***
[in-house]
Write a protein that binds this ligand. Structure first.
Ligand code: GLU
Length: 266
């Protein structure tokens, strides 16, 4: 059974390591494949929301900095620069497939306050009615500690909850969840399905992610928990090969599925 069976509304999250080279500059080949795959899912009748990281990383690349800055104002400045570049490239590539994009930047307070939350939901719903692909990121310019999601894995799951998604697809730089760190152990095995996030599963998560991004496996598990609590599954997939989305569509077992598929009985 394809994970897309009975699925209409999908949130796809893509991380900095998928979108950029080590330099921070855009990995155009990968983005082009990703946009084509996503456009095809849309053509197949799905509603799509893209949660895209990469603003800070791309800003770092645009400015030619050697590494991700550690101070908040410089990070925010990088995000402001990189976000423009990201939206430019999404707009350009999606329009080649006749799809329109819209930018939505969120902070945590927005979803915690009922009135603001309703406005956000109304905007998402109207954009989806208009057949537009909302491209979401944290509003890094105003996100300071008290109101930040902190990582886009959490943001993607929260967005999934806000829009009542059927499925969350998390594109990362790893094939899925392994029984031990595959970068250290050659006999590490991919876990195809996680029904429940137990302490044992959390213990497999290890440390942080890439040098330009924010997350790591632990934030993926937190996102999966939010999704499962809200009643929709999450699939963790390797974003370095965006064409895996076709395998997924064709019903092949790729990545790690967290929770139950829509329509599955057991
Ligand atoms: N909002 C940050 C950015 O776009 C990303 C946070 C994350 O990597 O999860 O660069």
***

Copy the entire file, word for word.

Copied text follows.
[in-house]
Write a protein that binds this ligand. Structure first.
Ligand code: GLU
Length: 266
């Protein structure tokens, strides 16, 4: 059974390591494949929301900095620069497939306050009615500690909850969840399905992610928990090969599925 069976509304999250080279500059080949795959899912009748990281990383690349800055104002400045570049490239590539994009930047307070939350939901719903692909990121310019999601894995799951998604697809730089760190152990095995996030599963998560991004496996598990609590599954997939989305569509077992598929009985 394809994970897309009975699925209409999908949130796809893509991380900095998928979108950029080590330099921070855009990995155009990968983005082009990703946009084509996503456009095809849309053509197949799905509603799509893209949660895209990469603003800070791309800003770092645009400015030619050697590494991700550690101070908040410089990070925010990088995000402001990189976000423009990201939206430019999404707009350009999606329009080649006749799809329109819209930018939505969120902070945590927005979803915690009922009135603001309703406005956000109304905007998402109207954009989806208009057949537009909302491209979401944290509003890094105003996100300071008290109101930040902190990582886009959490943001993607929260967005999934806000829009009542059927499925969350998390594109990362790893094939899925392994029984031990595959970068250290050659006999590490991919876990195809996680029904429940137990302490044992959390213990497999290890440390942080890439040098330009924010997350790591632990934030993926937190996102999966939010999704499962809200009643929709999450699939963790390797974003370095965006064409895996076709395998997924064709019903092949790729990545790690967290929770139950829509329509599955057991
Ligand atoms: N909002 C940050 C950015 O776009 C990303 C946070 C994350 O990597 O999860 O660069």